Losing a job can be devastating - especially in today's economy. Not only are more families needing more than one income to make ends meet, but it is also very difficult to find another job very quickly. A lot of people who lose their job turn to their unemployment benefits to help cover the bills until they can find another job.
However, not everyone is awarded these benefits. If you are denied unemployment, here are three tips to help you win your appeal.
1. File your appeal immediately.
As soon as you receive written notice that your unemployment benefits have been denied, you need to file your appeal. Each state has its own laws regarding how long you have to file an appeal for being denied unemployment benefits. Depending on the state you live in, you could have up to 30 days to file an appeal, but many of them give you less time than that. So, you need to pay very close attention to the date that is on your denial letter and file your appeal as soon as possible.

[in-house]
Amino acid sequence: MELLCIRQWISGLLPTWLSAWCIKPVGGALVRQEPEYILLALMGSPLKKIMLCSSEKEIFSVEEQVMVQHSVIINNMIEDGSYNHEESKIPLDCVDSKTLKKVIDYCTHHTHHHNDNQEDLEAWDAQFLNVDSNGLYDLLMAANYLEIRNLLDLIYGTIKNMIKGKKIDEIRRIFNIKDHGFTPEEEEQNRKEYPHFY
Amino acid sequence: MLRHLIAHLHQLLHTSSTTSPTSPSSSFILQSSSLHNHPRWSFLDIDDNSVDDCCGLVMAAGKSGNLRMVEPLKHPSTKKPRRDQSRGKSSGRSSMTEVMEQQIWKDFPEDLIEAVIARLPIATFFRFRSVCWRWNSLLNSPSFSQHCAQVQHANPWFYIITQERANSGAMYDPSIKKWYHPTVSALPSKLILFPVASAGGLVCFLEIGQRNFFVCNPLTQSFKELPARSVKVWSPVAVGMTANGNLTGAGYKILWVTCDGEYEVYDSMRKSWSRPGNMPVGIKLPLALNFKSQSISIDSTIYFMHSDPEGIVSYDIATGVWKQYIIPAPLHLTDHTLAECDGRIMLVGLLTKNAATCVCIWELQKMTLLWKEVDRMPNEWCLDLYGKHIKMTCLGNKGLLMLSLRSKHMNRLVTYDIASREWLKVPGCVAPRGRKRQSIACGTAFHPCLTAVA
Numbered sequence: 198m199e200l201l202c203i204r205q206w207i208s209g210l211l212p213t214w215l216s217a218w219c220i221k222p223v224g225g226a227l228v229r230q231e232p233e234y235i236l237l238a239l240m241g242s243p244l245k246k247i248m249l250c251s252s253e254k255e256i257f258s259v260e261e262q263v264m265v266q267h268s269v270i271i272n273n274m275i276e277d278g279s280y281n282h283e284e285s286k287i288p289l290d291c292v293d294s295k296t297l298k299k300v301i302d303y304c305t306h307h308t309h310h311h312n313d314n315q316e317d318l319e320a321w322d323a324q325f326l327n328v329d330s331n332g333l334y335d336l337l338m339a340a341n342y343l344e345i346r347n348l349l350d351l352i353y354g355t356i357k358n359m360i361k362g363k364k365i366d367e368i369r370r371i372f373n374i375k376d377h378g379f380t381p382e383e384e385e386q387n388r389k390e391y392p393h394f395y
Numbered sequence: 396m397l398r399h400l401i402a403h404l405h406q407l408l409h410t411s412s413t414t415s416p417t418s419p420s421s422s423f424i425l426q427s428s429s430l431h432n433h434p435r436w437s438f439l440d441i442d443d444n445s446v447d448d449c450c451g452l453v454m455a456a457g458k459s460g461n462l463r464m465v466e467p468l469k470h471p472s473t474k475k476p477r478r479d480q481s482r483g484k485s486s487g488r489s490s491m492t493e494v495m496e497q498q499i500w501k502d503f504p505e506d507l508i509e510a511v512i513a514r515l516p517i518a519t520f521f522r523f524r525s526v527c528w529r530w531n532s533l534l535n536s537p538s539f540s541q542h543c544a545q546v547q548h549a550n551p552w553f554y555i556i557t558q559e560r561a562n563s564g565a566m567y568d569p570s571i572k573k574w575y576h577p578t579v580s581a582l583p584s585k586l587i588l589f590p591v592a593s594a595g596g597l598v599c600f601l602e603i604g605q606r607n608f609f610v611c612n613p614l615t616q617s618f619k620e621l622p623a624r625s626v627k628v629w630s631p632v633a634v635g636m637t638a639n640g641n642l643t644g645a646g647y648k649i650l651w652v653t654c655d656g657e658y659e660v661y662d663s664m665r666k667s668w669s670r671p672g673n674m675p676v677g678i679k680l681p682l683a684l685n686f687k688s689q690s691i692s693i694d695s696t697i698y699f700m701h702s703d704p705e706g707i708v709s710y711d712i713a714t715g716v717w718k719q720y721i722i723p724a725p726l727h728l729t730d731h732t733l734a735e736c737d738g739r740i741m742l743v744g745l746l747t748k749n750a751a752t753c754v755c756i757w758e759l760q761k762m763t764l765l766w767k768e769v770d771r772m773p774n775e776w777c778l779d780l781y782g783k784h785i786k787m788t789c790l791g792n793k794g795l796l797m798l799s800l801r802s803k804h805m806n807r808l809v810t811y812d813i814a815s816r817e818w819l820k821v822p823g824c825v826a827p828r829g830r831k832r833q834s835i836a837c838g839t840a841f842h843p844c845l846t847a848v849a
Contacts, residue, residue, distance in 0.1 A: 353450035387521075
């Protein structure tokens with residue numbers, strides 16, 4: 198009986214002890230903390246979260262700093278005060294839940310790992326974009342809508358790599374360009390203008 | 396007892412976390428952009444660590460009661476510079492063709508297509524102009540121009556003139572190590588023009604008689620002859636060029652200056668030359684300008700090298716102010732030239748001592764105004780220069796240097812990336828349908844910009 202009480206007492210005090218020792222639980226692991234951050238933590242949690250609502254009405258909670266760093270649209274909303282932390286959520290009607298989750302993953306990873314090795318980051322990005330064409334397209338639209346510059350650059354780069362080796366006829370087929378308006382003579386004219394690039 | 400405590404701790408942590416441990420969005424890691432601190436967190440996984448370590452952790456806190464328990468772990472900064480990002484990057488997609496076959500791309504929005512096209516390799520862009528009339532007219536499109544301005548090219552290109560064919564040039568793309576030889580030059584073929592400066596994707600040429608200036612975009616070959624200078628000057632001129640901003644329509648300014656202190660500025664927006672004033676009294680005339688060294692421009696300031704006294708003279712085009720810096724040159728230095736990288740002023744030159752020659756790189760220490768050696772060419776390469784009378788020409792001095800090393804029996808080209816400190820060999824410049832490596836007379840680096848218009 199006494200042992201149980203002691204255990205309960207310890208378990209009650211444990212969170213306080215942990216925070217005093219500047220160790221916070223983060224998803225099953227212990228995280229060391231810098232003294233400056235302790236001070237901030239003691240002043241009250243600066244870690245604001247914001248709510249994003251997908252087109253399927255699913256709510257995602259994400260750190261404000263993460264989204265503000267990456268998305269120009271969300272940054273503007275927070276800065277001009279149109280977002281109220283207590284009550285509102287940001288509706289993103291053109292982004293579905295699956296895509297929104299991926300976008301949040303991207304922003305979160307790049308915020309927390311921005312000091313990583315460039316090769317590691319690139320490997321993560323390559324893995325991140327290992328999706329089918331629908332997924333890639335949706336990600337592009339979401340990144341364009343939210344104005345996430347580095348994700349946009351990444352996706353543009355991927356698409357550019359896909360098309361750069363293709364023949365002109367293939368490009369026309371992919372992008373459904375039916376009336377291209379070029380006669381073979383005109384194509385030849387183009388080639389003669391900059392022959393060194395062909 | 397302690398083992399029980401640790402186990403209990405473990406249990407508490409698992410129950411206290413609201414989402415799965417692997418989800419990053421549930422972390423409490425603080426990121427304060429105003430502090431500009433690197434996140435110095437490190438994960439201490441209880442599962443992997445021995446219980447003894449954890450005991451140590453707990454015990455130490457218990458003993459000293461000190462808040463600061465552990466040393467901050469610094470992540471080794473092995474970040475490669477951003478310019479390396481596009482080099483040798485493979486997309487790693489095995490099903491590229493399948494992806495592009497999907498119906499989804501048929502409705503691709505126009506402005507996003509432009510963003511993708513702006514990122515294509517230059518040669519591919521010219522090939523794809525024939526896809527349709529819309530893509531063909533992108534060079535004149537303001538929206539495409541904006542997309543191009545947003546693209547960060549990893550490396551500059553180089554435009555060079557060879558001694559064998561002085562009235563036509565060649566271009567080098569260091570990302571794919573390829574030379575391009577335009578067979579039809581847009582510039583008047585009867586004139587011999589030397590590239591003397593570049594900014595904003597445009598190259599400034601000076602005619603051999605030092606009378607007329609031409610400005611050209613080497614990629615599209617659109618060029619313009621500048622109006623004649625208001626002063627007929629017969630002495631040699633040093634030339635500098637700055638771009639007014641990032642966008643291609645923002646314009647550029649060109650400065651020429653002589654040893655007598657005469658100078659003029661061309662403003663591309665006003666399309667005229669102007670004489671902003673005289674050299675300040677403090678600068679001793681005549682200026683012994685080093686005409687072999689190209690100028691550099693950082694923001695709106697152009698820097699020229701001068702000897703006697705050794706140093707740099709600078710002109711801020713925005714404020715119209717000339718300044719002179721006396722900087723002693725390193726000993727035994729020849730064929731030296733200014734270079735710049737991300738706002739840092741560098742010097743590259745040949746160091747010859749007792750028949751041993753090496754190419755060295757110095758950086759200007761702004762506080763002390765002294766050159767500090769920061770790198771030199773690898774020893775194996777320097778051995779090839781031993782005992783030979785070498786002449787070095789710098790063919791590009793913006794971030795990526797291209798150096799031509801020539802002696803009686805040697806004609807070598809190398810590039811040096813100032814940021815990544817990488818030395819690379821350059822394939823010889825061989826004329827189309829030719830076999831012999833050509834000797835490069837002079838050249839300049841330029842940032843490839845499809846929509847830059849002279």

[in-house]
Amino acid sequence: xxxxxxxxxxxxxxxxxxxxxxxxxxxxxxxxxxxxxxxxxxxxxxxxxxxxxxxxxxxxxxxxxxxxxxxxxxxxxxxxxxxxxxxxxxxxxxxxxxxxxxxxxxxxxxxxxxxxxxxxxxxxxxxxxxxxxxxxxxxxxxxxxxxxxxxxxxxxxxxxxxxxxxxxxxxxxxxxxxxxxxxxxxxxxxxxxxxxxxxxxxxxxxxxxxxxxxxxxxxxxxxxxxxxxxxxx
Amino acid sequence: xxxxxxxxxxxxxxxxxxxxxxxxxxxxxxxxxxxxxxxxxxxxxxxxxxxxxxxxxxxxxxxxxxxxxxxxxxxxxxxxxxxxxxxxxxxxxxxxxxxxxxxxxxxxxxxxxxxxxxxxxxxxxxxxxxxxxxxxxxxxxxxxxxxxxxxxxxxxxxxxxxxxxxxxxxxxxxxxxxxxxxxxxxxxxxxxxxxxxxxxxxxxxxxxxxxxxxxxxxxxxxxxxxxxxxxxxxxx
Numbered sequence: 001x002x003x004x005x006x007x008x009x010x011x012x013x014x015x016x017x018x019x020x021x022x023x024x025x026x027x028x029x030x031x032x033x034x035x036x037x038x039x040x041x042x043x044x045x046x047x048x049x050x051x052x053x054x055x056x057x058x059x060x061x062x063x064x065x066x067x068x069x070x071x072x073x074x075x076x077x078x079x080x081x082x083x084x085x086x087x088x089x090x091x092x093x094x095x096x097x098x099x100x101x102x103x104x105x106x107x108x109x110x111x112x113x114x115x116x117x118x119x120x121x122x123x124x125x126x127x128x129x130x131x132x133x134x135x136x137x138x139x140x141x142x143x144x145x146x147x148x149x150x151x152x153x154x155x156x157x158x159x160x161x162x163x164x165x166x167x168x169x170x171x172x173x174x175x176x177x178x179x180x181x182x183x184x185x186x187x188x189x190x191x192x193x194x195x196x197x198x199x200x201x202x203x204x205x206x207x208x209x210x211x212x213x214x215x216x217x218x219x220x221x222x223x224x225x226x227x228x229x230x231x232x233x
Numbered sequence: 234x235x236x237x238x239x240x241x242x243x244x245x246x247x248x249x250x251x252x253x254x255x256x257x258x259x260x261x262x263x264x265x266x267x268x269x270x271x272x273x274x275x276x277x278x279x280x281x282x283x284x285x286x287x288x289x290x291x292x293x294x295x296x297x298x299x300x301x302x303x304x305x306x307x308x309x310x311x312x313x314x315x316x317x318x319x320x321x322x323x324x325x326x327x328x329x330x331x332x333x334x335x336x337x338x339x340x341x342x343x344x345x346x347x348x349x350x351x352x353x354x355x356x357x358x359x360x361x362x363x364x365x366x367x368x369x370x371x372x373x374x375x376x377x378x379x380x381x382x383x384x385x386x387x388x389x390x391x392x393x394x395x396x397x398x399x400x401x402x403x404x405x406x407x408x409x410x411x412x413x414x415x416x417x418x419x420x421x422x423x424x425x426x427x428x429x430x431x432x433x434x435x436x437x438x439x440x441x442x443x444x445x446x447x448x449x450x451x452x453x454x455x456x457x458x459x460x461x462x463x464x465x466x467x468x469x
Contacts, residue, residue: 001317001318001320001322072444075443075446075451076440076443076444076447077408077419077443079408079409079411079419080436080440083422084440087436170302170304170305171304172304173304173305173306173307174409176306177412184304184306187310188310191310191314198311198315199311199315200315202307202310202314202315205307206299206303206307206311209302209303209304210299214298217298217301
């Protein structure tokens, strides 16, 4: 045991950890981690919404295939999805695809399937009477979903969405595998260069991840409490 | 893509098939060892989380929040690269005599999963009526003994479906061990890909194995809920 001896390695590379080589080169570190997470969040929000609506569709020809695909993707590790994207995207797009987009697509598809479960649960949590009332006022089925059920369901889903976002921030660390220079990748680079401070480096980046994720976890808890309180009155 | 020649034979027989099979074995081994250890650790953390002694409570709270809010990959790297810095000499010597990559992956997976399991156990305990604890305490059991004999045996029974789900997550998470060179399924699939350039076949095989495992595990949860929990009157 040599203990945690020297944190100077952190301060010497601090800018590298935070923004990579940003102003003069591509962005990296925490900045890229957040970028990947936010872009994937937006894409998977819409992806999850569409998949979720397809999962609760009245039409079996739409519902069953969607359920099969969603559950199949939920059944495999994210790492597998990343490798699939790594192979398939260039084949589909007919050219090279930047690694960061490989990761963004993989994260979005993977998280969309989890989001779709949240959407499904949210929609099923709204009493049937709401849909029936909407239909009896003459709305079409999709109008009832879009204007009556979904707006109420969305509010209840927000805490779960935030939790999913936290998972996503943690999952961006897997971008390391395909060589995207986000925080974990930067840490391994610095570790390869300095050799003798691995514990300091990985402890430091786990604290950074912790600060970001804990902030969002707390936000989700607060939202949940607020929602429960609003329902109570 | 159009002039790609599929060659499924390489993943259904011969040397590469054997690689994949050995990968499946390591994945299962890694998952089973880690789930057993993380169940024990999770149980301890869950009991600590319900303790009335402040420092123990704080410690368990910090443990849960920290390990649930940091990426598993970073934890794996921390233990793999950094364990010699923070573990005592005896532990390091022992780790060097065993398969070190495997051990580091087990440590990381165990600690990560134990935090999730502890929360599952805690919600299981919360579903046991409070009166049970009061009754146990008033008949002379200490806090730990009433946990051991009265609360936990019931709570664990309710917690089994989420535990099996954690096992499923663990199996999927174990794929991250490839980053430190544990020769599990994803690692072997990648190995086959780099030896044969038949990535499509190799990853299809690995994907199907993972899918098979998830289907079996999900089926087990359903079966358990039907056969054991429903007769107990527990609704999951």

2. If possible, review your personnel file.
Many unemployment denials are the result of a former employer claiming you quit or were terminated because of misconduct. In many states, you have a right to see your personnel file from your former employer. Request a copy of the file be sent to you so you can review it. If there is anything in the file that the employer claims led to your dismissal that you dispute, make note of it.
The employer will need to prove that proper protocol was followed in notifying you of any bad behavior on the job. For instance, if they claim you were given a formal warning, but you never received it, you need to bring that up at your unemployment appeals hearing.
3. Show up to the hearing prepared.
Some people will hire an attorney to help them with their unemployment hearing appeal, but it is mostly unnecessary. As long as you do your research and you show up to the hearing well prepared to argue your case, you should do fine without an attorney.
Being well prepared doesn't simply mean you need to do the research. That means you need to have practiced speaking clearly so that everyone in the room can understand you. It won't serve your case well if the judge has to ask you to repeat what you say. So, not only do you need to gather all of the documents and witnesses to help prove your case for your unemployment benefits, but you also need to do several practice sessions with someone to help practice what you will say in court.